16 Mar 2015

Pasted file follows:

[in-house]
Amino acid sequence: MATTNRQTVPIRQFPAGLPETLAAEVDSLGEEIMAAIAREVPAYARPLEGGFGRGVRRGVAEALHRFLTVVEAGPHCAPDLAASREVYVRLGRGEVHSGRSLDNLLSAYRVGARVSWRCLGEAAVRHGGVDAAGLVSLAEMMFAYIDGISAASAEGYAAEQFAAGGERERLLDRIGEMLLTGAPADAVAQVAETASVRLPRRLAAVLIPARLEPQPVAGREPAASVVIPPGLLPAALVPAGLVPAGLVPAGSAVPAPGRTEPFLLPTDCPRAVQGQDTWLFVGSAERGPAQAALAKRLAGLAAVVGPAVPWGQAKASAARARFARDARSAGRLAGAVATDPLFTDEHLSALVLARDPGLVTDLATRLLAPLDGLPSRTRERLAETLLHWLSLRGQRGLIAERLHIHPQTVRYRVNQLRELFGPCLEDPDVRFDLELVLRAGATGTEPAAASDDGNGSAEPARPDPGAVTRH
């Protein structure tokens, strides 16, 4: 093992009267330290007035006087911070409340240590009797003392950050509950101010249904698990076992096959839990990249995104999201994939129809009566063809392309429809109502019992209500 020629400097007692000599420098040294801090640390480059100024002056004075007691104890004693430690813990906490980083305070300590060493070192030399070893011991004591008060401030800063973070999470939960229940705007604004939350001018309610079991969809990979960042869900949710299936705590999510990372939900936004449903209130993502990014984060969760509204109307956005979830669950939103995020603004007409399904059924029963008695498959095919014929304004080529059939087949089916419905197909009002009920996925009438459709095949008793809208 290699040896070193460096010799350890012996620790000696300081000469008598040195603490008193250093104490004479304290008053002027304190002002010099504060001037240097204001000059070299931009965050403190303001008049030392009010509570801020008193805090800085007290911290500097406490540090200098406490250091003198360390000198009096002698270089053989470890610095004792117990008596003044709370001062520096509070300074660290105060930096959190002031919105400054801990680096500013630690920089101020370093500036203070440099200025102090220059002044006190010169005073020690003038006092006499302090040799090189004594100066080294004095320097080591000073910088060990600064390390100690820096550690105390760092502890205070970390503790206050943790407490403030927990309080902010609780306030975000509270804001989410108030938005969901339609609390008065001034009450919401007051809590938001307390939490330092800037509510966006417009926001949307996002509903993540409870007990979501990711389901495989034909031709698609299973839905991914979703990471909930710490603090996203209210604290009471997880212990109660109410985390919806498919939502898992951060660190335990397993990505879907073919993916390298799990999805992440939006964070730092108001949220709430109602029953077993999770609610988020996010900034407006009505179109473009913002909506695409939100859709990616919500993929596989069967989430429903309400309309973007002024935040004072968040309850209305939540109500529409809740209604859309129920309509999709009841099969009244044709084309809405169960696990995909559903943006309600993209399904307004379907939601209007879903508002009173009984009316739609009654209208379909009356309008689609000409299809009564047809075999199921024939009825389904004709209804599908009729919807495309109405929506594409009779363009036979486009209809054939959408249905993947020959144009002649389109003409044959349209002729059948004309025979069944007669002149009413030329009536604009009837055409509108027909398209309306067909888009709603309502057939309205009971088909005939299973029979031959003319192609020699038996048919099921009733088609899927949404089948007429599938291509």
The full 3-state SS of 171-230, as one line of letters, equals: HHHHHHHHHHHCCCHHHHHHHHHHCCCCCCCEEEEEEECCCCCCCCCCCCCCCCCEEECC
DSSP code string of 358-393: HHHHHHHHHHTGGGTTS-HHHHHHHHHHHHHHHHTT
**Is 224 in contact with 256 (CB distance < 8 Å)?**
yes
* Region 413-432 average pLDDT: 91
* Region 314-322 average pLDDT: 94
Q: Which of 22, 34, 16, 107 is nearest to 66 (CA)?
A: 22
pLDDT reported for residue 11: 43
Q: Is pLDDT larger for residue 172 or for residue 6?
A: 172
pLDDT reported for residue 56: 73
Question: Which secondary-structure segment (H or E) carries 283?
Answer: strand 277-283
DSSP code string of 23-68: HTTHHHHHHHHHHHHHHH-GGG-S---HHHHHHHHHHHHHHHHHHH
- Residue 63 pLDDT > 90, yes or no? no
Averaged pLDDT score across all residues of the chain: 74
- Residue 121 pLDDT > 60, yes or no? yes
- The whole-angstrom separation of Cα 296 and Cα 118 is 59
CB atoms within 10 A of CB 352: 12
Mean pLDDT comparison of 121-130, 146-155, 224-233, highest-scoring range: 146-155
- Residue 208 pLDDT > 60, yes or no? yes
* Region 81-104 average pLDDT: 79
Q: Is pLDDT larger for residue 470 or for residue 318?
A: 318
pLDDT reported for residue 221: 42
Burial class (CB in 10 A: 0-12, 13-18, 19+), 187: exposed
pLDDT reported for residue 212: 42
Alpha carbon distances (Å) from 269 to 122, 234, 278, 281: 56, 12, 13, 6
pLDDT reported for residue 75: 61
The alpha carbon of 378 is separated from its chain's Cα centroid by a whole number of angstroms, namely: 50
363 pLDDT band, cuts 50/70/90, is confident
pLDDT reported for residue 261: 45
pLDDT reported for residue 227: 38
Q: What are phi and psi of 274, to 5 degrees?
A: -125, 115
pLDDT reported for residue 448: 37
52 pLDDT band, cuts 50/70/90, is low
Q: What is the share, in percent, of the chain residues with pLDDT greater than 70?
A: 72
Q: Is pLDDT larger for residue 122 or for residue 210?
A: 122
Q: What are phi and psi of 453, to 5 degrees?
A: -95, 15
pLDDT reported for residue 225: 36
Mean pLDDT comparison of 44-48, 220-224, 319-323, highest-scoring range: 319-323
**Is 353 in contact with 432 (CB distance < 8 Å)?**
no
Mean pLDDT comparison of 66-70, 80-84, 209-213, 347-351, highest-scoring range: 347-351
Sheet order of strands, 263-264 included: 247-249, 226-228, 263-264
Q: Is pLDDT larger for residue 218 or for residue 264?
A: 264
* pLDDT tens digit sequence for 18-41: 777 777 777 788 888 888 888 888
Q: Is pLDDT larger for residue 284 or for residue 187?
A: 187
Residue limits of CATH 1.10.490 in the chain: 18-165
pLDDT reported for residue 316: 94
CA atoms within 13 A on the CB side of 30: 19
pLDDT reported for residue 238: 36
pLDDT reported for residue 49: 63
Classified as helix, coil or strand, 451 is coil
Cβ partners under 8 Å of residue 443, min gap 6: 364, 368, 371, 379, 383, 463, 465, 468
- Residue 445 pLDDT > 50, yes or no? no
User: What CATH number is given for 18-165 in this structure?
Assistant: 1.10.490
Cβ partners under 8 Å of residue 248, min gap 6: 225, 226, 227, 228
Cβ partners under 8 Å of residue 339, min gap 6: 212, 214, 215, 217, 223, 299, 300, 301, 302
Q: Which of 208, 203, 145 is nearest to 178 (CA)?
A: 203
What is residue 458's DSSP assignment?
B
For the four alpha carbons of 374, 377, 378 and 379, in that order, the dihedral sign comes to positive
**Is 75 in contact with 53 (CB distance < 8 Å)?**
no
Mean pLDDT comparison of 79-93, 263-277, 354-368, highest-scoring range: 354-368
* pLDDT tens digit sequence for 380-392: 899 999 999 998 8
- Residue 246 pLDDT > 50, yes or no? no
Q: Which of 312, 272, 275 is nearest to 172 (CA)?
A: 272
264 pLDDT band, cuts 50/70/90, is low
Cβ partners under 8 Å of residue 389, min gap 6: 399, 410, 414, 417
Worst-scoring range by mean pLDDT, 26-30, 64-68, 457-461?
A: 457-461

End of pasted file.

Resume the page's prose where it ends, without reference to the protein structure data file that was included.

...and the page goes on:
Qatar Red Crescent (QRC) Office in Turkey has resumed implementation of the winter relief programme for the Syrian refugees in the country. The programme was launched last winter following directives of Emir H H Sheikh Tamim bin Hamad Al Thani to provide urgent winter assistance to refugees. Represented in Qatar Development Fund, Qatar offered a grant of over $30m of which $20m was for Syrian refugees in Lebanon and $10m for the Syrian refugees in Turkey. QRC was assigned the task of supervising the programme and delivering the assistance to eligible beneficiaries. From the very beginning of the winter, distribution was resumed in refugee camps in Turkey under QRC supervision, in cooperation with the Office of UN High Commissioner for Refugees (UNHCR), as per an agreement signed by both in February 2014. According to the deal, QRC purchases $10m worth of relief items in accordance with international standards and UNHCR distributes them to refugee families in Turkey. About 7,000 tents were supplied to UNHCR warehouses to be distributed to the inhabitants of five refugee camps throughout Turkey. Another agreement was signed last month to distribute additional 3,000 tents. Also, 315,000 blankets were distributed to non-camp Syrians registered with UNHCR in eight provinces, totalling 354,745 refugees. About 95,000 blankets were distributed in Gaziantep, 83,100 in Urfa, 60,000 in Hatay, 20,000 in Kilis, 30,000 in Mardin, 13,000 in K Maras, 8,900 in Osmaniye and 5,000 in Adana. Saleh bin Ali Al Mohannadi, Secretary-General, QRC, said: “QRC will continue to fulfil its commitments and stand by our Syrian brothers in their calamity. “We will spare no efforts to alleviate the suffering of Syrian refugees until they return home, enjoying security and dignity.” The influx of Syrians into Turkey has surpassed initial projections. According to a recent survey by Disaster and Emergency Management Presidency, the main government agency responsible for the Syrian operation, about 36 percent of refugees in Turkey are in camps in 10 provinces in the south and southeast of Turkey, while the remaining 64 percent are living in cities across the country. The number of refugees in camps is over 202,000. To date, over 313,000 non-camp refugees have been registered, although the Turkish government estimates that the number is significantly higher. Refugees living outside camps face enormous challenges in accessing essential services and very often their living conditions are substandard. More refugees are expected to arrive, which poses major challenges to Turkish authorities and humanitarian organisations. Additionally, this will increase the economic and social burden on the host communities.